The government’s environmental hygiene watchdog claims it found “no suspected breaching of cleanliness offences” from two illegal concrete plants in Yau Tong and says that zero prosecutions have been initiated involving environmental hygiene in the area around the plants.
In response to questions from Transit Jam, the Food and Environmental Hygiene Department (FEHD) says it has visited the Yau Tong area 18 times in the last year but has found no reasons or evidence to bring about prosecutions against the plants.
FEHD’s claims contrast with regular evidence observed at the plants. Over at least half a dozen visits in the last six months, Transit Jam has witnessed possibly hundreds of alleged hygiene violations, with dirt, cement, chemicals and mud transferred from truck wheels as they leave the illegal plants and drive onto the public streets.
In mid-February, plant workers were seen using public streets to transfer chemicals from tankers into barrels using small leaking pumps and leaving a foamy residue on the street.
The government has failed to shut down the China Concrete plants at Tung Yuen Street, despite the firm operating without valid licences. The bandit plants, represented by former justice chief Rimsky Yuen, lost a High Court appeal against their licence revocation in January, after losing two earlier appeals.
In 2020 FEHD pledged to clamp down on leaking cement trucks in the district, in response to hundreds of complaints from residents and district councillors. “If any material such as mud is found to be left on the road, we will report to the person concerned and prosecute,” said FEHD in a written response to a District Council Working Group set up to tackle the problem several years ago.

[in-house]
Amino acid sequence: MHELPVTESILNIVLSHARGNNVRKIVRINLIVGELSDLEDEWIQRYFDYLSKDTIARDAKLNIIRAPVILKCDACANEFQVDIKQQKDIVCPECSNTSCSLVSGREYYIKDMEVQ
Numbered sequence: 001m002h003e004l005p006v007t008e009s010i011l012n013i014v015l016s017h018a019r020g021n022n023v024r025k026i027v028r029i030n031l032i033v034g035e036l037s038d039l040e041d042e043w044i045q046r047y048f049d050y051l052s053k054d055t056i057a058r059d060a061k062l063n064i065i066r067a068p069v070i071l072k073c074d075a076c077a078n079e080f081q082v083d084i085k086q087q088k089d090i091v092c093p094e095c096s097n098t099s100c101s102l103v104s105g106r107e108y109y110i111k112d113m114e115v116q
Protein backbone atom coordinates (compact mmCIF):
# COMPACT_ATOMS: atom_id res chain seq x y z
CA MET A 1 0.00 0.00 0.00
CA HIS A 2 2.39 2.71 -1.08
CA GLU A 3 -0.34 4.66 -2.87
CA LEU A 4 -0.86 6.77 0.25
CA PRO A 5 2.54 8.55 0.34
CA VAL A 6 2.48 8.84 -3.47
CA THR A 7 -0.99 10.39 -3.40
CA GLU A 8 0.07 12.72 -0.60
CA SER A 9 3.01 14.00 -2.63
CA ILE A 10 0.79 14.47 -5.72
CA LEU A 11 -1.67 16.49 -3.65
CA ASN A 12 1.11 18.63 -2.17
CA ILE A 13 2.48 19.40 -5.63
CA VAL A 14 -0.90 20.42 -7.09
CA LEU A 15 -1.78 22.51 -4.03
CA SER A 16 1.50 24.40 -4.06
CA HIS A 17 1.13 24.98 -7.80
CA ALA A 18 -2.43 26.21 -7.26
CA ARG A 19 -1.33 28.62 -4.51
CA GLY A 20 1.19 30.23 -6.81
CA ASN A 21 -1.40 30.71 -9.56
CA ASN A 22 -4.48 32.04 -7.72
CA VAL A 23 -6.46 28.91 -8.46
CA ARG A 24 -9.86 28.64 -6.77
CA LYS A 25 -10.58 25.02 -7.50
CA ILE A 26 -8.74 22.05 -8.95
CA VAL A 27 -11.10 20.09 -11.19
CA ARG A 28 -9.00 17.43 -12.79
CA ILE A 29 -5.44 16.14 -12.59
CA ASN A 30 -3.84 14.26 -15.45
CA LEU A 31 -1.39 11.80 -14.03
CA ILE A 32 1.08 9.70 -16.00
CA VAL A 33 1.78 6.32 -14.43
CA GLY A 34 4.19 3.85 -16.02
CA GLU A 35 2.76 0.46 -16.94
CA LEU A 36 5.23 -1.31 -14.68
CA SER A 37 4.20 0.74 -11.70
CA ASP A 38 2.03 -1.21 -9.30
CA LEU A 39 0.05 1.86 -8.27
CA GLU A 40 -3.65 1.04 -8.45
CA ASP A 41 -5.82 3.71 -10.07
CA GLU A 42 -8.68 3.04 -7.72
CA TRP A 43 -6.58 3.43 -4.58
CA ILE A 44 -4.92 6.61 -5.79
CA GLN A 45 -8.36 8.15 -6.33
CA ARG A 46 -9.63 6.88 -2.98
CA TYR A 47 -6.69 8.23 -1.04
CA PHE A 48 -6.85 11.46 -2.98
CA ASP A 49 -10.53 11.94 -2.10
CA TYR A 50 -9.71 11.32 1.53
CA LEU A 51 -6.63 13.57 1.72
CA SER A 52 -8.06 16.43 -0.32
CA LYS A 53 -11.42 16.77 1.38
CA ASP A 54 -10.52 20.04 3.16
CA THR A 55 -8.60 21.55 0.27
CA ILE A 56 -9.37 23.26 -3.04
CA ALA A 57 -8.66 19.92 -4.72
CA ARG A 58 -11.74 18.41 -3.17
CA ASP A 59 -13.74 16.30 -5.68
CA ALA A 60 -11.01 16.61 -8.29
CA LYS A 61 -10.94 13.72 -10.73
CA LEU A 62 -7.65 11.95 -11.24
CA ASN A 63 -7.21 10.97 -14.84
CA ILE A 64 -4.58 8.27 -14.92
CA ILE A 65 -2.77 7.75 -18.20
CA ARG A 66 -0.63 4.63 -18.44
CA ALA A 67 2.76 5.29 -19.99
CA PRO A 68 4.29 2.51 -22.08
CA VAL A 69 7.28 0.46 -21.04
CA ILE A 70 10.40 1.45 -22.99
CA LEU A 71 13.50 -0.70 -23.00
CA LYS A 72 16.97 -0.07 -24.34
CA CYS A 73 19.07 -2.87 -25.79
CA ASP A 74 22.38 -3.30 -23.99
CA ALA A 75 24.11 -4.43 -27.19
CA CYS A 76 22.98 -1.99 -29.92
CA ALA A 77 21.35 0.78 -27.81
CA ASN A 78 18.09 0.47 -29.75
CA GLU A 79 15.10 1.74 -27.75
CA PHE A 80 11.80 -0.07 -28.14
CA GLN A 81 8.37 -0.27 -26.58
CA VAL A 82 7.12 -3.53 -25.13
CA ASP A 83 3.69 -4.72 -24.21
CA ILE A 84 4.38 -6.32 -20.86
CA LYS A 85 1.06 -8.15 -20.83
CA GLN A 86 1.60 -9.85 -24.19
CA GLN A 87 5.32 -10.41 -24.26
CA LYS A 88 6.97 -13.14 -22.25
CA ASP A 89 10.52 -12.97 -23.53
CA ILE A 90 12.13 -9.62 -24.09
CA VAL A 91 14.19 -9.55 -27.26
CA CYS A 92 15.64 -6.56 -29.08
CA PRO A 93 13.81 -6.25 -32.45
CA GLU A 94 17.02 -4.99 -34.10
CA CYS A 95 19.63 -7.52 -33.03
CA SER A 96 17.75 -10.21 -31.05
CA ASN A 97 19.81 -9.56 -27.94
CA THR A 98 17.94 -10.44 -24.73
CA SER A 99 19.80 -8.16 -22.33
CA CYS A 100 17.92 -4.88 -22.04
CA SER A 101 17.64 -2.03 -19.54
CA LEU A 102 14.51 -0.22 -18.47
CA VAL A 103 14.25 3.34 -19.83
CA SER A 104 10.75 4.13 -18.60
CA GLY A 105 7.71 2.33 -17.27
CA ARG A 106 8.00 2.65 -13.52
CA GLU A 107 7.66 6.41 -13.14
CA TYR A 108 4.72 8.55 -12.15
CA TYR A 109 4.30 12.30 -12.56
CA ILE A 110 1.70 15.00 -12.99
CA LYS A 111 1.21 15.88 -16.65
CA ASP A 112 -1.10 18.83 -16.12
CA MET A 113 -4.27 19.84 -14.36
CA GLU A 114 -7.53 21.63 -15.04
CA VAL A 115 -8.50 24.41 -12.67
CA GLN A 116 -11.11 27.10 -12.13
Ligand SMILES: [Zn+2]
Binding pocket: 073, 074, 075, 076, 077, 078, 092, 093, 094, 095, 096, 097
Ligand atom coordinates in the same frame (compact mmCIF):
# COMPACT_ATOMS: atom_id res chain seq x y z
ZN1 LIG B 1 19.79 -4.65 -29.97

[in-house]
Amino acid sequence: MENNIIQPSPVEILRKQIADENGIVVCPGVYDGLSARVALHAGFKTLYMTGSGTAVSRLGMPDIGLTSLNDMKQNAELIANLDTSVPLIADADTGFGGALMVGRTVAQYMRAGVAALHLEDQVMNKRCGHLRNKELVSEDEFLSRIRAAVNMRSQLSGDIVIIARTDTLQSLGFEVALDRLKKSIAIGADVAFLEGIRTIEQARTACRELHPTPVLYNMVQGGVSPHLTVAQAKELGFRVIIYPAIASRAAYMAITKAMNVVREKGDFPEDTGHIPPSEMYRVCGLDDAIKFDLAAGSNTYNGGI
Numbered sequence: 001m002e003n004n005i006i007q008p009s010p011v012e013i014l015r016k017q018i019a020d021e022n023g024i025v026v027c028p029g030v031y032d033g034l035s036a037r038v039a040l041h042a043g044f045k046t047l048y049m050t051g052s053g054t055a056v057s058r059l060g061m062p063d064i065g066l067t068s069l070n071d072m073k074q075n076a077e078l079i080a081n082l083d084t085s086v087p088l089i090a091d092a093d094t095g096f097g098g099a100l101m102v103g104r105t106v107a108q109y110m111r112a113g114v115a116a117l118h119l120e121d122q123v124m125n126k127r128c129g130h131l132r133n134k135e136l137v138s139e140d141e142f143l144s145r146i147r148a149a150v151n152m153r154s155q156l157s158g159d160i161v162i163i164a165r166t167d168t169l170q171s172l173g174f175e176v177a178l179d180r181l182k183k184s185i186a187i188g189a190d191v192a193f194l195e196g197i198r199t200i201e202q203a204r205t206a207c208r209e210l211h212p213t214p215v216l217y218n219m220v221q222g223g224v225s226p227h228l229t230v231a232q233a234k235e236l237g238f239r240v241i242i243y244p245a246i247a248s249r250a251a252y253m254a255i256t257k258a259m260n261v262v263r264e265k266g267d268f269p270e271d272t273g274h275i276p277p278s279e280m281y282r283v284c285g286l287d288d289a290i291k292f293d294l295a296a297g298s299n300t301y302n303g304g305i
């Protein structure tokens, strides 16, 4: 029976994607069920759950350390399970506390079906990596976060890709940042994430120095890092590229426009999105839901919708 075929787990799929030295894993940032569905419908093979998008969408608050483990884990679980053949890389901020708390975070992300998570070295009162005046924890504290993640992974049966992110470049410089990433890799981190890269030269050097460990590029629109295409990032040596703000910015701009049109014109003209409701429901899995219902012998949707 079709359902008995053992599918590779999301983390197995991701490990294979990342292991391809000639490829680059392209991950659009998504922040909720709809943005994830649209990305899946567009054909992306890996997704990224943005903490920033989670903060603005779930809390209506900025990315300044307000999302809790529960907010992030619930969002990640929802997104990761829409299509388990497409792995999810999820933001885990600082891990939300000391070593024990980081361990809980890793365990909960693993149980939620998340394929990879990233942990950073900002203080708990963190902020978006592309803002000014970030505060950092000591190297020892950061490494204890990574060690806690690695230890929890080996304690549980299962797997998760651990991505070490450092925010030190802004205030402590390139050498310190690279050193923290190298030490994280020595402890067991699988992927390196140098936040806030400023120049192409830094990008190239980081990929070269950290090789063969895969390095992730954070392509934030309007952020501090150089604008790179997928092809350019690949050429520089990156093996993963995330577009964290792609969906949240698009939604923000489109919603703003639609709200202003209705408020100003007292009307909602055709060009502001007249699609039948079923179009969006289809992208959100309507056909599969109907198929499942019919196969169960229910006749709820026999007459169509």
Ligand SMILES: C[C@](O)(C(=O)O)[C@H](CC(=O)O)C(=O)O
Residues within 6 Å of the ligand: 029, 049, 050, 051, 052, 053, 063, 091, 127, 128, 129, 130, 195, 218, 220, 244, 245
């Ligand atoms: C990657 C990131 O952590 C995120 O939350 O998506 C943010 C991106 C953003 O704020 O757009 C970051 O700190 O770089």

But three years after that promise, the whole block is still a mess of sludge, up to two inches thick in places, and drains are blocked by the thick oozy plant and truck discharge.
Despite failing to live up to its 2020 pledge, FEHD last week repeated its earlier promise: “The FEHD will closely monitor the enquired public place and suitably adjust its action plans in light of actual circumstances, so as to improve environmental hygiene,” said a spokesman in response to questions on the poor hygiene and environment in the area.
Netizens have been quick to point out alleged double-standards between FEHD’s zero enforcement at the illegal concrete plants and its treatment of other more vulnerable citizens after a high-profile incident last week where the watchdog confiscated a chestnut cart from a 94-year-old licensed hawker.
The hawker, who’d been running the hand-cart legally for decades, had stepped away for a bathroom break leaving the cart in the hands of an unlicensed in-law. Police and FEHD officials stepped in, arrested the in-law for unlicensed hawking and took the cart as evidence, even as the woman begged them not to destroy her livelihood.
FEHD has also clamped down on other hawkers in the last week, moving on a chestnut chef outside Kowloon Tong station as just one example. Those Kent Road cart owners were notorious for keeping the area around their cart and customers clean, with the licensed hawkers regularly seen sweeping up.
FEHD officials claim the hawker enforcement action is important to “protect people’s health.” Yet while FEHD concentrates on large-scale operations against elderly hawkers, residents in Yau Tong see little action protecting their health against the might of the China Concrete plants. A resident concern group on Facebook says the plants have a “serious impact on the livelihood of people in the area” and have shared video of many infractions from the plant over the years, including building materials leaking into the sea.
In those cases, FEHD and the Environmental Protection Department have said they are not responsible for pollution at sea, while Marine Department has said pollution is not its responsibility.